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National finance helps Asia-Pacific lead the way on Climate Change

Bangladeshi man rebuildingWith UNDP's support, rural residents in Bangladesh now have the resources and capacities to build back better and become resilient in the face of environmental threats. Photo credit: UNDP Bangladesh

A vital round of United Nations climate change negotiations is underway in Lima, Peru, from Dec. 1-12. This marks a significant milestone for the crucial Paris Summit on climate change that is a year away.

At the climate talks in Lima, climate finance will again be at the forefront of negotiations and key in reaching a new global climate agreement. Initiated at the Secretary General’s Climate Change Summit in September, pledging towards the Green Climate Fund almost reached $10 billion.

So far, countries in the Asia Pacific region have received a quarter of all global public climate finance. India and China are the largest recipients. Nineteen dedicated climate funds and initiatives have approved more than $2 billion for projects in the region, since 2003. With many countries in Asia Pacific at the frontline of climate change, bolstering resilience of low lying deltas and small islands, and reducing emissions from fast industrializing nations is a good investment.

While this international financing is crucial, for it to have a sustained impact and leverage the investments needed it is also important that planning and budgeting systems are revisited through a climate lens. With the support of the United Nations through the Poverty and Environment Initiative (PEI), countries are better placed to do this and better positioned to track their climate investments.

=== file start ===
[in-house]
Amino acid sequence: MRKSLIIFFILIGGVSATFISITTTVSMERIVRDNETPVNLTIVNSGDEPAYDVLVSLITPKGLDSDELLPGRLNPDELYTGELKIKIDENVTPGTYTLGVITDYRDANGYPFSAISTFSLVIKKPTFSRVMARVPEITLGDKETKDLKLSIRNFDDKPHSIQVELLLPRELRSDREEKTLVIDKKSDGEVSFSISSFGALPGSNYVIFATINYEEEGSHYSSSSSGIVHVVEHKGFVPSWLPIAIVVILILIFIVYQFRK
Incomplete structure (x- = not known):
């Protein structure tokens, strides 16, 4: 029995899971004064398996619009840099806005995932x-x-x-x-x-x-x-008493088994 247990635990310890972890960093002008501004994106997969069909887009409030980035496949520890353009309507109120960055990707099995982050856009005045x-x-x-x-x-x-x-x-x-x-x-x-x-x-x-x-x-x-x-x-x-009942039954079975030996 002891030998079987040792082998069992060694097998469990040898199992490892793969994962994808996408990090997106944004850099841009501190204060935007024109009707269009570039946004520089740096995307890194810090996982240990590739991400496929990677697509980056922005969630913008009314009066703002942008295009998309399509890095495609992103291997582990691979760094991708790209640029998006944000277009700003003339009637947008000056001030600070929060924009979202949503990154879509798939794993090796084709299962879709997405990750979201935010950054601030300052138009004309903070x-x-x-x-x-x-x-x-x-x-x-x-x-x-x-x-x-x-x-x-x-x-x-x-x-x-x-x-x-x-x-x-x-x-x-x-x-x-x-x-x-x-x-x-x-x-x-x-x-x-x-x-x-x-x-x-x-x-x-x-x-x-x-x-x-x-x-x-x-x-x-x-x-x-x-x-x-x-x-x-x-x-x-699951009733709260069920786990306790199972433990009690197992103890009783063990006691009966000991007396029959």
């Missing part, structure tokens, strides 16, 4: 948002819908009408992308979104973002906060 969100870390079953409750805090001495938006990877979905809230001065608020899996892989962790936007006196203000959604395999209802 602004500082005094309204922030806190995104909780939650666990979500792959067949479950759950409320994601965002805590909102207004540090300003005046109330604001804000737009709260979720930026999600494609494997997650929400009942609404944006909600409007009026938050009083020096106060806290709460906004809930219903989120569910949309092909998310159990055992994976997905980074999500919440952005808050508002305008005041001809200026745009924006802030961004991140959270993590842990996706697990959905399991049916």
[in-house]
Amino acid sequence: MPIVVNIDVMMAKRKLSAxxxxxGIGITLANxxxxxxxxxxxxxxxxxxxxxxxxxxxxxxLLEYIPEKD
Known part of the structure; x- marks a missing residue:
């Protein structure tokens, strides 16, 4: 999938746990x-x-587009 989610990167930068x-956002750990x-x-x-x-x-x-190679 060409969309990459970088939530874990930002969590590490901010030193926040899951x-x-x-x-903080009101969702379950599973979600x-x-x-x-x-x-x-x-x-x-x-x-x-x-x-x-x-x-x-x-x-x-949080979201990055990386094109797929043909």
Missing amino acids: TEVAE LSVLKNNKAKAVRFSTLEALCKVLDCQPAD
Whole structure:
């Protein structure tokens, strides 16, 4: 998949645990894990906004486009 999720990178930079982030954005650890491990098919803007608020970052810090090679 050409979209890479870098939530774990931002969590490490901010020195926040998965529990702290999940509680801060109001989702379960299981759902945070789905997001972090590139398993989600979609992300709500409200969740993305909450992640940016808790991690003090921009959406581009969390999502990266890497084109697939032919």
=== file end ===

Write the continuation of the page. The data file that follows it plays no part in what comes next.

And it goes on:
With the support of the PEI, Bangladesh has calculated that it spends a billion dollars each year on climate change. Three quarters of this is domestic revenue.

The government of Nepal has also been tallying its climate-related costs. This has led to the adoption of a climate budget code that helps track and hopefully increases funding to climate change actions. It has also led to greater transparency and wider distribution of the country’s climate investments. Nepal’s Federal Affairs Ministry is channeling funds to local authorities to aid poor women and men on the front lines of climate change.

Indonesia has developed a budget tagging and scoring system to identify allocations and expenditures on climate mitigation, and to assess the effectiveness of every dollar invested to achieve emission reduction targets. This is a vital tool as the country looks to meet its target of 26 percent to 41 percent reduction in greenhouse gas emissions by 2020.

Countries in Asia Pacific are better placed and more ready to receive, absorb, track and ultimately benefit from climate financing, regardless of its source. This is a critical step in their journey towards green economies that deliver immediate benefits in reducing emissions and improving public health, energy efficiency and food security.

Environment Environmental finance Climate change Asia & the Pacific Adaptation Disaster risk management Drylands and desertification

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